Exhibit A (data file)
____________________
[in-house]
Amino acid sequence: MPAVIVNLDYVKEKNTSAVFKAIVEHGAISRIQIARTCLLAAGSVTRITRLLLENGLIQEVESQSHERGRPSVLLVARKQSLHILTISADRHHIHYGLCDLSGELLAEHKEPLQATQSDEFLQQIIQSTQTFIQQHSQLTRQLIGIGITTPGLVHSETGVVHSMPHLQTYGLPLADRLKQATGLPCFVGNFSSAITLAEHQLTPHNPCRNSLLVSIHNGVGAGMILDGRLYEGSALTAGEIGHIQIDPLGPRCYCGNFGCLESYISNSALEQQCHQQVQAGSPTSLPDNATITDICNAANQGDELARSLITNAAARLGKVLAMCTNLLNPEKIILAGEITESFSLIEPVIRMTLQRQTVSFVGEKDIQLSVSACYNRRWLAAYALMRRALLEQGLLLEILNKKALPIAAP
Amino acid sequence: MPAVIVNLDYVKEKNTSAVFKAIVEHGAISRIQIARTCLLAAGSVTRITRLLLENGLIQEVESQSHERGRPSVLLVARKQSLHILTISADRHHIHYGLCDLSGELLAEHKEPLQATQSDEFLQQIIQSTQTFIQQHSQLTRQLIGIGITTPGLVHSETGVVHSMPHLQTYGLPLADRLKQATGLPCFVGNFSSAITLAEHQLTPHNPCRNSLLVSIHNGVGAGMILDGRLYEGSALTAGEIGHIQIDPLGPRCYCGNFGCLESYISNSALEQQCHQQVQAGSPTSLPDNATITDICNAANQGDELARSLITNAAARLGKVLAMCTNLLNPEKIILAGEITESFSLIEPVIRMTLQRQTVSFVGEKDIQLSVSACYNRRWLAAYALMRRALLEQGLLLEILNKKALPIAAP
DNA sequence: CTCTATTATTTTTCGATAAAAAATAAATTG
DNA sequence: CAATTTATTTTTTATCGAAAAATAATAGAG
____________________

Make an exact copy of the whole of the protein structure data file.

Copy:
[in-house]
Amino acid sequence: MPAVIVNLDYVKEKNTSAVFKAIVEHGAISRIQIARTCLLAAGSVTRITRLLLENGLIQEVESQSHERGRPSVLLVARKQSLHILTISADRHHIHYGLCDLSGELLAEHKEPLQATQSDEFLQQIIQSTQTFIQQHSQLTRQLIGIGITTPGLVHSETGVVHSMPHLQTYGLPLADRLKQATGLPCFVGNFSSAITLAEHQLTPHNPCRNSLLVSIHNGVGAGMILDGRLYEGSALTAGEIGHIQIDPLGPRCYCGNFGCLESYISNSALEQQCHQQVQAGSPTSLPDNATITDICNAANQGDELARSLITNAAARLGKVLAMCTNLLNPEKIILAGEITESFSLIEPVIRMTLQRQTVSFVGEKDIQLSVSACYNRRWLAAYALMRRALLEQGLLLEILNKKALPIAAP
Amino acid sequence: MPAVIVNLDYVKEKNTSAVFKAIVEHGAISRIQIARTCLLAAGSVTRITRLLLENGLIQEVESQSHERGRPSVLLVARKQSLHILTISADRHHIHYGLCDLSGELLAEHKEPLQATQSDEFLQQIIQSTQTFIQQHSQLTRQLIGIGITTPGLVHSETGVVHSMPHLQTYGLPLADRLKQATGLPCFVGNFSSAITLAEHQLTPHNPCRNSLLVSIHNGVGAGMILDGRLYEGSALTAGEIGHIQIDPLGPRCYCGNFGCLESYISNSALEQQCHQQVQAGSPTSLPDNATITDICNAANQGDELARSLITNAAARLGKVLAMCTNLLNPEKIILAGEITESFSLIEPVIRMTLQRQTVSFVGEKDIQLSVSACYNRRWLAAYALMRRALLEQGLLLEILNKKALPIAAP
DNA sequence: CTCTATTATTTTTCGATAAAAAATAAATTG
DNA sequence: CAATTTATTTTTTATCGAAAAATAATAGAG